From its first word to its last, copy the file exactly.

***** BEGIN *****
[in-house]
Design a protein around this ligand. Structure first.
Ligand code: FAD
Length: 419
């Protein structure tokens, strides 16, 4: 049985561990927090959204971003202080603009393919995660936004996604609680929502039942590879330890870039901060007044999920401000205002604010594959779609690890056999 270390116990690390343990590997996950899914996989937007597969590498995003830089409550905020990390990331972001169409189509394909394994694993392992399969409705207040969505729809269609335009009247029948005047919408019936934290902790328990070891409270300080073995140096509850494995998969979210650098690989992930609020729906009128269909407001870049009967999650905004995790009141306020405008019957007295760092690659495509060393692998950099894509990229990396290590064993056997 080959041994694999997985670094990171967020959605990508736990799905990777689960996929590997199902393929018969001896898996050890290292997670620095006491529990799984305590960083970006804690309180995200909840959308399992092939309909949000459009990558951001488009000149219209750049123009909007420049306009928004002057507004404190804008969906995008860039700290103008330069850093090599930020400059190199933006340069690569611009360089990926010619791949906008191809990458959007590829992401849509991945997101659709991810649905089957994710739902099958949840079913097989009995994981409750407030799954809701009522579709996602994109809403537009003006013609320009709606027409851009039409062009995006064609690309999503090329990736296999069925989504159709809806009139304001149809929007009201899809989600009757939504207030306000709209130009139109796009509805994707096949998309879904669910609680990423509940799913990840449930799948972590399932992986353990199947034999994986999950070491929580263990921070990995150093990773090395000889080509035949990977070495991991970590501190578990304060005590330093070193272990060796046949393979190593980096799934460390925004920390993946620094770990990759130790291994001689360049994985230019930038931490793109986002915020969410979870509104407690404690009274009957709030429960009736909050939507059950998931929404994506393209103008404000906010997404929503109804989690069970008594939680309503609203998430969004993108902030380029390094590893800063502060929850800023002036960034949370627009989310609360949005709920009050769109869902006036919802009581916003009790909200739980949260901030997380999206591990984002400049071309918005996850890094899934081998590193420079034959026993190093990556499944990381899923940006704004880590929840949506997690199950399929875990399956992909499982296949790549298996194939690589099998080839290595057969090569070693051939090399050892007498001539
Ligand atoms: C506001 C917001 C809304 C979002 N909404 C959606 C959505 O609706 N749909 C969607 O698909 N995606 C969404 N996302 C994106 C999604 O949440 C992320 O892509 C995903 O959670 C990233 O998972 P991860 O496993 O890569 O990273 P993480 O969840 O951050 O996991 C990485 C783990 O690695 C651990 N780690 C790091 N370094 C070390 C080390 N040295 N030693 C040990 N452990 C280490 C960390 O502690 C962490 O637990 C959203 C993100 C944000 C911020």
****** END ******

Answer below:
[in-house]
Design a protein around this ligand. Structure first.
Ligand code: FAD
Length: 419
């Protein structure tokens, strides 16, 4: 049985561990927090959204971003202080603009393919995660936004996604609680929502039942590879330890870039901060007044999920401000205002604010594959779609690890056999 270390116990690390343990590997996950899914996989937007597969590498995003830089409550905020990390990331972001169409189509394909394994694993392992399969409705207040969505729809269609335009009247029948005047919408019936934290902790328990070891409270300080073995140096509850494995998969979210650098690989992930609020729906009128269909407001870049009967999650905004995790009141306020405008019957007295760092690659495509060393692998950099894509990229990396290590064993056997 080959041994694999997985670094990171967020959605990508736990799905990777689960996929590997199902393929018969001896898996050890290292997670620095006491529990799984305590960083970006804690309180995200909840959308399992092939309909949000459009990558951001488009000149219209750049123009909007420049306009928004002057507004404190804008969906995008860039700290103008330069850093090599930020400059190199933006340069690569611009360089990926010619791949906008191809990458959007590829992401849509991945997101659709991810649905089957994710739902099958949840079913097989009995994981409750407030799954809701009522579709996602994109809403537009003006013609320009709606027409851009039409062009995006064609690309999503090329990736296999069925989504159709809806009139304001149809929007009201899809989600009757939504207030306000709209130009139109796009509805994707096949998309879904669910609680990423509940799913990840449930799948972590399932992986353990199947034999994986999950070491929580263990921070990995150093990773090395000889080509035949990977070495991991970590501190578990304060005590330093070193272990060796046949393979190593980096799934460390925004920390993946620094770990990759130790291994001689360049994985230019930038931490793109986002915020969410979870509104407690404690009274009957709030429960009736909050939507059950998931929404994506393209103008404000906010997404929503109804989690069970008594939680309503609203998430969004993108902030380029390094590893800063502060929850800023002036960034949370627009989310609360949005709920009050769109869902006036919802009581916003009790909200739980949260901030997380999206591990984002400049071309918005996850890094899934081998590193420079034959026993190093990556499944990381899923940006704004880590929840949506997690199950399929875990399956992909499982296949790549298996194939690589099998080839290595057969090569070693051939090399050892007498001539
Ligand atoms: C506001 C917001 C809304 C979002 N909404 C959606 C959505 O609706 N749909 C969607 O698909 N995606 C969404 N996302 C994106 C999604 O949440 C992320 O892509 C995903 O959670 C990233 O998972 P991860 O496993 O890569 O990273 P993480 O969840 O951050 O996991 C990485 C783990 O690695 C651990 N780690 C790091 N370094 C070390 C080390 N040295 N030693 C040990 N452990 C280490 C960390 O502690 C962490 O637990 C959203 C993100 C944000 C911020």